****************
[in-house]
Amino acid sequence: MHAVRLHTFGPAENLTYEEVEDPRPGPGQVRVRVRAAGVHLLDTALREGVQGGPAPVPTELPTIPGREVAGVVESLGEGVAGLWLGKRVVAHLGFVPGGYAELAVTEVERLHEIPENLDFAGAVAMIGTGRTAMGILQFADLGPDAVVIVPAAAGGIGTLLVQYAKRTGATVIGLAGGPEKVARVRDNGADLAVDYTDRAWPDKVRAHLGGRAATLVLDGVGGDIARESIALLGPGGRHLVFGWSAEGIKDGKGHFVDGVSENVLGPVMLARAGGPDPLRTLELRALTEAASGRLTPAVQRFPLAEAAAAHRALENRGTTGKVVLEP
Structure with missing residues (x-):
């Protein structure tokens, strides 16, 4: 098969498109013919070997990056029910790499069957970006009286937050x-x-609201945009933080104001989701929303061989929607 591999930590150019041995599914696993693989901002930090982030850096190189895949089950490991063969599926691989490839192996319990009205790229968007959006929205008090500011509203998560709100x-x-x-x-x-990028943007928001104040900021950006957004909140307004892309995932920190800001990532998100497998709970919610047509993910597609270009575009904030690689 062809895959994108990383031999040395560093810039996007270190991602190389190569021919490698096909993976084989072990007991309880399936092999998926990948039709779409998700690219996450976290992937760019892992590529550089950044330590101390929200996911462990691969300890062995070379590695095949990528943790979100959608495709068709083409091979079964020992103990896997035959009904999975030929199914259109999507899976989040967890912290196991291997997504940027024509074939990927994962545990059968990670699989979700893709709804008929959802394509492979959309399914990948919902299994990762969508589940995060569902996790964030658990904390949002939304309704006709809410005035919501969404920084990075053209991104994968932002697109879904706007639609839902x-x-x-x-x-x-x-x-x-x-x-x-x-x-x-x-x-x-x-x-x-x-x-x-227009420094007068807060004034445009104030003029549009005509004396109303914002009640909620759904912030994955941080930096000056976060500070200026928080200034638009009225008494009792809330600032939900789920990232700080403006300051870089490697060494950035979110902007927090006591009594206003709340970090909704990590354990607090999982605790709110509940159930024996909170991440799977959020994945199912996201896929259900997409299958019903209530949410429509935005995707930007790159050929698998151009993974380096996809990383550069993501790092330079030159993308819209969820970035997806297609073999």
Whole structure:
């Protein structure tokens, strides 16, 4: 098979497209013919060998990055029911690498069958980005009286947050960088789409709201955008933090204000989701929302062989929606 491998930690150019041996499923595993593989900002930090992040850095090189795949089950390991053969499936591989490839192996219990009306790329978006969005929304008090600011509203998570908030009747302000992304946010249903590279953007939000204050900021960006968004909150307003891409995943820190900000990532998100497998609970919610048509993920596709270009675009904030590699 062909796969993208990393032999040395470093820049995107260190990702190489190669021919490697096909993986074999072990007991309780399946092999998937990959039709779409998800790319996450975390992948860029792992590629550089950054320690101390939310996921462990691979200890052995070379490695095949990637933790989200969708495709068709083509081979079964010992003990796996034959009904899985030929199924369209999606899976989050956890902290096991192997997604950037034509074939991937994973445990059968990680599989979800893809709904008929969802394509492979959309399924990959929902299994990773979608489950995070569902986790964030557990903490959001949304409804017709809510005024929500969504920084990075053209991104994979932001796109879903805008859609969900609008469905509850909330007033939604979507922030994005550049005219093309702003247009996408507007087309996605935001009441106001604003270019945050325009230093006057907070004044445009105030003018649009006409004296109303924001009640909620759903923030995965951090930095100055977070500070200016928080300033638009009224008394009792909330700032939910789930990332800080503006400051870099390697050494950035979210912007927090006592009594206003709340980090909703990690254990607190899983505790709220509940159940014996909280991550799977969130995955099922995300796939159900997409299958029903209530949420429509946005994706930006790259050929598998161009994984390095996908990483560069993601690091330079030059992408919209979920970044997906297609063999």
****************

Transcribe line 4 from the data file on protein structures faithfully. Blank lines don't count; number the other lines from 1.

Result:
């Protein structure tokens, strides 16, 4: 098969498109013919070997990056029910790499069957970006009286937050x-x-609201945009933080104001989701929303061989929607 591999930590150019041995599914696993693989901002930090982030850096190189895949089950490991063969599926691989490839192996319990009205790229968007959006929205008090500011509203998560709100x-x-x-x-x-990028943007928001104040900021950006957004909140307004892309995932920190800001990532998100497998709970919610047509993910597609270009575009904030690689 062809895959994108990383031999040395560093810039996007270190991602190389190569021919490698096909993976084989072990007991309880399936092999998926990948039709779409998700690219996450976290992937760019892992590529550089950044330590101390929200996911462990691969300890062995070379590695095949990528943790979100959608495709068709083409091979079964020992103990896997035959009904999975030929199914259109999507899976989040967890912290196991291997997504940027024509074939990927994962545990059968990670699989979700893709709804008929959802394509492979959309399914990948919902299994990762969508589940995060569902996790964030658990904390949002939304309704006709809410005035919501969404920084990075053209991104994968932002697109879904706007639609839902x-x-x-x-x-x-x-x-x-x-x-x-x-x-x-x-x-x-x-x-x-x-x-x-227009420094007068807060004034445009104030003029549009005509004396109303914002009640909620759904912030994955941080930096000056976060500070200026928080200034638009009225008494009792809330600032939900789920990232700080403006300051870089490697060494950035979110902007927090006591009594206003709340970090909704990590354990607090999982605790709110509940159930024996909170991440799977959020994945199912996201896929259900997409299958019903209530949410429509935005995707930007790159050929698998151009993974380096996809990383550069993501790092330079030159993308819209969820970035997806297609073999």